A community of children's and young adult writers who find acceptance through rejection.
I Practice Blind:I like to close my eyes and learn the map of the floor. Read the textures and follow the feel. The compacted carpet greets my toes when I slide out of bed. Carpet made viscous by the layer of dog hair. Two steps then the cool hard slap of the tile. The coolness greets me like the slap of an old farmer. Sudden and calloused. Cold and gritty.-Mike Blakesley
Fantastic, Mike!Do you have any others? Does anyone else have any great images to share?-MMS Society
My favorite verb was SLAPS.Also, this is a nice line: "Read the textures and follow the feel."
Part of a scene:The room, my room, is decorated in shades of beige. The walls are the color of sun-bleached grass, the rug next to the bed is a dark beige, and the gigantic king size bedspread is an intricate geometric pattern of beiges, yellows, and gold; even the wood floor is blonde."I guess it's a little plain in here," Aunt Bonnie says. "We can paint, if you want. Any color. What colors do you like? Lavender? Green? Periwinkle? We'll make it feel like home." At home, I have a single bed with my favorite striped blanket bunched on top. The walls are plain old white, but Lydia's cards are taped all over the inside of my door and there are strings of fishing line crisscrossing the room with the magazine pictures Lydia and I cut out dangling from them. --Lisa
My friend came and visited from Kansas; she was dismayed to find everything so hazy."It's so ugly," she said.But I like it, I think. In a way, it's quite pretty. The haziness makes the mountains like thin blue paper cutouts, pasted on top of each other in just a slight shade darker than the sky, like a paper mountain collage. The foreground of spikey beige and browns and patches of greens stood out in stark relief. It was a well-composed picture where the artist brought the saturated front to focus. I liked it.
At Disneyland I sat on a bench and watched people walk down the street. Of course there are hordes of people at Disneyland, but only two stood out to me: a young man, maybe mid-twenties or so, and a young woman who was with him, about the same age.He only stood out because she did. She had long blonde hair and I forget what else because what I noticed most was her smile: she looked genuinely happy.She was not holding his hand, or walking arm in arm, but her head was turned towards his, and she was unaware of anything else around her. Or perhaps it wasn't so much that she was unaware, more that it really didn't matter that she was at Disneyland--she could've been anywhere with him and looked the same.Her smile was pure. It was not plastic, or false, or lustful, or only half-meant, or even drippy. It was earnest and full of love.I normally want to puke when I see people like that. But she wasn't fawning or flirtatious, she was simply happy. She loved that he was there with her, and that she was there with him, and that they enjoyed one another's company.Maybe they were married. Maybe they were lovers. Maybe they were brother and sister, or maybe just friends. I don't know. I can't even really tell you what she looked like besides that she had blonde hair.But for me, it's enough to know that I saw her smiling, and it was the truest smile I've ever seen.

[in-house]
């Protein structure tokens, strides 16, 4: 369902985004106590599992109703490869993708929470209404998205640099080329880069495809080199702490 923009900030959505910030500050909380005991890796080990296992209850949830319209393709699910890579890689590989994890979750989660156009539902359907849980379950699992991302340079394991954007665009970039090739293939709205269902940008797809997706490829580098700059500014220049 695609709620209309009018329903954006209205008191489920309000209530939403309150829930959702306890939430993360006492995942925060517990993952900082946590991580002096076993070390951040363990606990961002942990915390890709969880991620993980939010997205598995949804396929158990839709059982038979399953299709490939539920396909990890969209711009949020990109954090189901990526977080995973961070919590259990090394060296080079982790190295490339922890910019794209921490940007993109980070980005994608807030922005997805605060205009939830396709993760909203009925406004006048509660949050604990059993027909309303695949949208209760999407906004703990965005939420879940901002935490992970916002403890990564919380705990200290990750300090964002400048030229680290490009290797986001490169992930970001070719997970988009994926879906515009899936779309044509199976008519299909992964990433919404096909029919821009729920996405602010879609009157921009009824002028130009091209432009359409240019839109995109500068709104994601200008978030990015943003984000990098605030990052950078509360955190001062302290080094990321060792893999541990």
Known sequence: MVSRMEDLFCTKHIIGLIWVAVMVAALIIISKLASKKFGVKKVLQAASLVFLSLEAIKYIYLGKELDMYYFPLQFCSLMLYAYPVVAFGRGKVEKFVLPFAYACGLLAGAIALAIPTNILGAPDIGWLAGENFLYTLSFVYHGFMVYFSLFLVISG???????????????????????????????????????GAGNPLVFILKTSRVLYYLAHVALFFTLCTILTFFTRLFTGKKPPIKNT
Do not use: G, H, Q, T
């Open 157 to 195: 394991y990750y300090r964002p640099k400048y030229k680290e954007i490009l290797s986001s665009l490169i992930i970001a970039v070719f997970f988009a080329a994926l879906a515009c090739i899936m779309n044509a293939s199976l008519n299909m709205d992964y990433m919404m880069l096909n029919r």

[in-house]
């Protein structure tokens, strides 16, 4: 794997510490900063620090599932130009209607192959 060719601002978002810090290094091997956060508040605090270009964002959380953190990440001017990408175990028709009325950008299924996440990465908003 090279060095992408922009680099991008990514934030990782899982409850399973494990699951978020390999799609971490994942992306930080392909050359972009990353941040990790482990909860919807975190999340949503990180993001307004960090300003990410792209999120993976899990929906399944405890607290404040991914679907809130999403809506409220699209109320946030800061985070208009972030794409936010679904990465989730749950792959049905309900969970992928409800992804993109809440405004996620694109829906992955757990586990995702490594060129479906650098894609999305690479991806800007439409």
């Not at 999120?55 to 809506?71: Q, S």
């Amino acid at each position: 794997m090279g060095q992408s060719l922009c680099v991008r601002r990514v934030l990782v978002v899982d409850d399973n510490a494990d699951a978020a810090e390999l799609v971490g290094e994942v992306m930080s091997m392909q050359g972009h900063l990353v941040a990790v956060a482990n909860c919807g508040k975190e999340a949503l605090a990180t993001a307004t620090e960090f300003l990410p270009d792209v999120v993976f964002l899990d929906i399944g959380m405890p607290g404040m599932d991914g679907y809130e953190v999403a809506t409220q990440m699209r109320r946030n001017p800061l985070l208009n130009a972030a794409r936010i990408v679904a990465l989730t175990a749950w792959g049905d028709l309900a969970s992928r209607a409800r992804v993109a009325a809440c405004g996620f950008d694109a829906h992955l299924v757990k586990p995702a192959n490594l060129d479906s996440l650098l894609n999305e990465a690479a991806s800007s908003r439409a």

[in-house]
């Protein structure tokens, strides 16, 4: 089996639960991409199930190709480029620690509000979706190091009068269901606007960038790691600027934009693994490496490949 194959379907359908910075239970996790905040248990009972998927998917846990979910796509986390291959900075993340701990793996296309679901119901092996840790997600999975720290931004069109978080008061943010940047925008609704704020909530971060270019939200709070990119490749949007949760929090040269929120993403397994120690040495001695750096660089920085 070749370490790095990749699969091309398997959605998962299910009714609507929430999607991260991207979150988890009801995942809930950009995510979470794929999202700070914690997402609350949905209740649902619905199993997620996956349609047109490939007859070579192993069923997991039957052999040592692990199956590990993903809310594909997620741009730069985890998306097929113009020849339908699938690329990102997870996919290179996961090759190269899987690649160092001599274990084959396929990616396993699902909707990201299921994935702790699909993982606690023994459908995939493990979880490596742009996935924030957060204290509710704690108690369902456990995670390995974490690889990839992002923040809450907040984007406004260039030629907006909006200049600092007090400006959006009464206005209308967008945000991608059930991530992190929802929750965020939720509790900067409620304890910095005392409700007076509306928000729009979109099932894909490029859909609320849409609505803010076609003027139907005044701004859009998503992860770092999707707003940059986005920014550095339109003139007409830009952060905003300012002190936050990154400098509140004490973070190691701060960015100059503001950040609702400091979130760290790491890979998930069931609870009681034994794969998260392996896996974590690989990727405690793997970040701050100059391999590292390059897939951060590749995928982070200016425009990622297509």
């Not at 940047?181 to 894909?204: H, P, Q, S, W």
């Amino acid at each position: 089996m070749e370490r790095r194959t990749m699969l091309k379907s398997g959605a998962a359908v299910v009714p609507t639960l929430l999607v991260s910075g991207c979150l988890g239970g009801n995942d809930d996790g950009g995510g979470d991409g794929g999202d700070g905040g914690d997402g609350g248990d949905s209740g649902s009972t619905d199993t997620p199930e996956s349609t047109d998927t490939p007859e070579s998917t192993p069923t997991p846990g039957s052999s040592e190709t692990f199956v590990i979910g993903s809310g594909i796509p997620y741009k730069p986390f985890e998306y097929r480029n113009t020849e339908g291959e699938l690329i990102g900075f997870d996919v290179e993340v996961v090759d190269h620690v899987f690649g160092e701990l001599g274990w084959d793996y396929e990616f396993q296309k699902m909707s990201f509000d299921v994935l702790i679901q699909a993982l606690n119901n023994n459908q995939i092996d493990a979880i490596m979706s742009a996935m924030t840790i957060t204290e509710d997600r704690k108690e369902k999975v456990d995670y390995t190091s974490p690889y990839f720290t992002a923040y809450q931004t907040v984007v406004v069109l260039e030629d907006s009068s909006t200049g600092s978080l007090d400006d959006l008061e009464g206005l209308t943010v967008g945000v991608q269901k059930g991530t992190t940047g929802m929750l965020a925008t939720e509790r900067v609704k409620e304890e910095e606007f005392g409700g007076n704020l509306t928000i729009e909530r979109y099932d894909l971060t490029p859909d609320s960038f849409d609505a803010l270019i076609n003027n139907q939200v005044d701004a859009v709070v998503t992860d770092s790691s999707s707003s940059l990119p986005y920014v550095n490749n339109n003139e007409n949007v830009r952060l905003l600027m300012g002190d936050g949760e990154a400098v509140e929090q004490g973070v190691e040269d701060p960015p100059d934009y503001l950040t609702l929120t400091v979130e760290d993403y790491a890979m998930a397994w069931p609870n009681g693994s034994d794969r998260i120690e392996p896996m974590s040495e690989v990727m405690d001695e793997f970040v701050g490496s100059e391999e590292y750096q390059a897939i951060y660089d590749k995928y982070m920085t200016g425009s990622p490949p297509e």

heather, i like your mention of the artist.sail, i like especially the description of the room at home. (in the preceding paragraph you might want to consider some other tones for green--"green" sounds pretty nasally) ;o)mike, i like the idea of practicing blind, and of the map of the floor.
My roommates and I took a trip down to the Narrows, which I'd never seen before. As we started our hike and got a couple miles out, the canyon walls narrowed and towered over us like castle turrets. The canyon walls were like nothing I'd ever seen before-intricately curved, smooth and delicate, almost like hand-blown glass. They felt the cool caress of the river and the harsh rays of the sun. These walls held secrets, small caverns and nooks carved by years of patient ebbs and flows. Often, we had to touch the walls when wading through particularly choppy water. The lower part of the walls oozed with moss, while the higher parts felt warm and dry from the heat. The most amazing thing was looking up to see the sky peeking over the cavern walls and feeling simultaneously protected and vulnerable to the wonderful beauty all around. It truly was a unique experience.PS-Got a rejection letter from highlights...good news right? Hahah :)
PS again-I really loved reading all these comments. There's a lot of talent here!
It's always good news when you get a rejection letter!
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